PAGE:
The ABVV and ACV leaders had therefore little space for doubt. In addition to the pressure from the tank and file, the trade-union bureaucracy was also worried about a loss of its negotiating choices for two reasons, at two levels. Firstly, on the federal level, the government increasingly imposes its politico-social agenda without wanting to reach an agreement with the union leaders (for example, when imposing the “cross-sectoral” agreement or the government measures to answer the rise of the oil prices, etc). Secondly. since trade-union leaders would rather the negotiate costs of "good redundancy plans" than fight for the maintenance and the extension of employment, the gradual suppression of pensions also reduces their negotiating possibilities when companies plan lay offs. Instead of being able to position itself as an indispensable partners in the social bargaining, the trade-union leadership loses any credible position with employers and their own base.


The employers’ and politicians’ provocations against the right to strike and trade-union freedoms were supported by a sector of the press (Libre Belgique and De Morgen always in the lead). Far from demobilizing the workers, this only reinforced their combativeness and their resolution.

The VBO [3] and Voka [4] threatened to exploit "all possible legal resources" to break strikes. The employers organized to utilize the courts in a unilateral way and to systematically use penalty fines to stop union actions. These provocations reached a grotesque peak on 28 October when Olivier Willocx, director of the Brussels chamber of commerce, circled above the demonstration by helicopter "in order to locate the infringements made within the framework of the strike". Employers thus now take over the role of the police force!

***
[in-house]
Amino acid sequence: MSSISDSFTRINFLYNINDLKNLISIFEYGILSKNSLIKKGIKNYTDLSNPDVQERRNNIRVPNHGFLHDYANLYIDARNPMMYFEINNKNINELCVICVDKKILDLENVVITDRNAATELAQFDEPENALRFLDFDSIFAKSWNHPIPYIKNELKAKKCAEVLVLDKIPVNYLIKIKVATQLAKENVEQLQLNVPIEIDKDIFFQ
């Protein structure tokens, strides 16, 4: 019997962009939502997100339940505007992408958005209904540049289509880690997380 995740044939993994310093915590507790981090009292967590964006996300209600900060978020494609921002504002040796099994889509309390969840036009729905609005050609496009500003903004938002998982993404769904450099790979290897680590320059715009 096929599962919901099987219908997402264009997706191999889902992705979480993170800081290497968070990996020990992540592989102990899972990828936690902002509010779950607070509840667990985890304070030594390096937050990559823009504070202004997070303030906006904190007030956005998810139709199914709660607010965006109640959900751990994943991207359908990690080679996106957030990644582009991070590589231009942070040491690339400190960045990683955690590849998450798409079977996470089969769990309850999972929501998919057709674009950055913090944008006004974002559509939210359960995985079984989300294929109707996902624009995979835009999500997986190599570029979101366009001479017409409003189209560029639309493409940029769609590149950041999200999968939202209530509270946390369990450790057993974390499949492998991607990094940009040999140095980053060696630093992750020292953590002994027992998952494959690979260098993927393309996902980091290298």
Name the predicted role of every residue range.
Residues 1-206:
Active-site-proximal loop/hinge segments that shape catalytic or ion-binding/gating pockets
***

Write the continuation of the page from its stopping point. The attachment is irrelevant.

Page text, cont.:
Faithful to its masters, the government, and especially Liberal home affairs minister Patrick Dewael, tried to intimidate the strikers. Liberal members of Parliament filed a bill aiming "defending the right to work" and to guarantee a "minimum service".

The interventions of the courts in social conflicts, the criminalization of the latter and the restrictions of the right to strike are unacceptable! On the contrary, writs should be served on the VBO and the government in order to note that they refuse to offer work to the 600,000 unemployed, and to Verhofstadt to note that it does not respect the promise to create 200,000 jobs!

To continue, unify and amplify the fight!

October 28 also illustrated the generalized and multiform character of social anger. With their declarations, their slogans, banners and signs, the demonstrators clearly expressed their dissatisfaction and their revolt: against increasingly precarious and degrading working conditions; never-ending reorganizations and renduncdancies; increasing social problems, privatization of public services; permanent mass unemployment; loss of purchasing power; blocking of the wages and the rise in the cost of living. It is anger at the impact of 25 years of neo-liberal policy.